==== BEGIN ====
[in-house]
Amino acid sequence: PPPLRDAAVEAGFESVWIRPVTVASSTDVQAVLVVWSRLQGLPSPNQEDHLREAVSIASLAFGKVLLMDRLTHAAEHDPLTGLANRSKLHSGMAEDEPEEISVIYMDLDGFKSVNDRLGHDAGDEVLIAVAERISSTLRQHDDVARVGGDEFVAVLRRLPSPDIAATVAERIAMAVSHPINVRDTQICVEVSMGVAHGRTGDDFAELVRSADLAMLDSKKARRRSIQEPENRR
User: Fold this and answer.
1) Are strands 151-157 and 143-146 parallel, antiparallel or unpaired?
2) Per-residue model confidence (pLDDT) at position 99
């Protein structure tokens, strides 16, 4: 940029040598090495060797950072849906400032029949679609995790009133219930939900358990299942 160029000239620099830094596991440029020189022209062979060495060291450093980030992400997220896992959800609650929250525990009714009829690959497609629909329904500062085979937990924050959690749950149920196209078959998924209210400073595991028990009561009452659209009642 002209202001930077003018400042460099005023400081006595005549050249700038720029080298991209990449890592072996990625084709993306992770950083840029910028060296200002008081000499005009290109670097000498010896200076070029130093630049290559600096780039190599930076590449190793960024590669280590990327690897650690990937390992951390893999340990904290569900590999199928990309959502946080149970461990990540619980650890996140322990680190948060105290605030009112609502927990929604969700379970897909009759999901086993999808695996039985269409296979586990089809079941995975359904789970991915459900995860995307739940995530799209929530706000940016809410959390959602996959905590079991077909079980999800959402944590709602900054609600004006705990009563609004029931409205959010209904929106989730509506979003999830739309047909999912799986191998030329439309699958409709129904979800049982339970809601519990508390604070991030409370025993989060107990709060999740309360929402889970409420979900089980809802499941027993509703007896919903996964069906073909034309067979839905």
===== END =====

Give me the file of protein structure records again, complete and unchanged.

[in-house]
Amino acid sequence: PPPLRDAAVEAGFESVWIRPVTVASSTDVQAVLVVWSRLQGLPSPNQEDHLREAVSIASLAFGKVLLMDRLTHAAEHDPLTGLANRSKLHSGMAEDEPEEISVIYMDLDGFKSVNDRLGHDAGDEVLIAVAERISSTLRQHDDVARVGGDEFVAVLRRLPSPDIAATVAERIAMAVSHPINVRDTQICVEVSMGVAHGRTGDDFAELVRSADLAMLDSKKARRRSIQEPENRR
User: Fold this and answer.
1) Are strands 151-157 and 143-146 parallel, antiparallel or unpaired?
2) Per-residue model confidence (pLDDT) at position 99
């Protein structure tokens, strides 16, 4: 940029040598090495060797950072849906400032029949679609995790009133219930939900358990299942 160029000239620099830094596991440029020189022209062979060495060291450093980030992400997220896992959800609650929250525990009714009829690959497609629909329904500062085979937990924050959690749950149920196209078959998924209210400073595991028990009561009452659209009642 002209202001930077003018400042460099005023400081006595005549050249700038720029080298991209990449890592072996990625084709993306992770950083840029910028060296200002008081000499005009290109670097000498010896200076070029130093630049290559600096780039190599930076590449190793960024590669280590990327690897650690990937390992951390893999340990904290569900590999199928990309959502946080149970461990990540619980650890996140322990680190948060105290605030009112609502927990929604969700379970897909009759999901086993999808695996039985269409296979586990089809079941995975359904789970991915459900995860995307739940995530799209929530706000940016809410959390959602996959905590079991077909079980999800959402944590709602900054609600004006705990009563609004029931409205959010209904929106989730509506979003999830739309047909999912799986191998030329439309699958409709129904979800049982339970809601519990508390604070991030409370025993989060107990709060999740309360929402889970409420979900089980809802499941027993509703007896919903996964069906073909034309067979839905």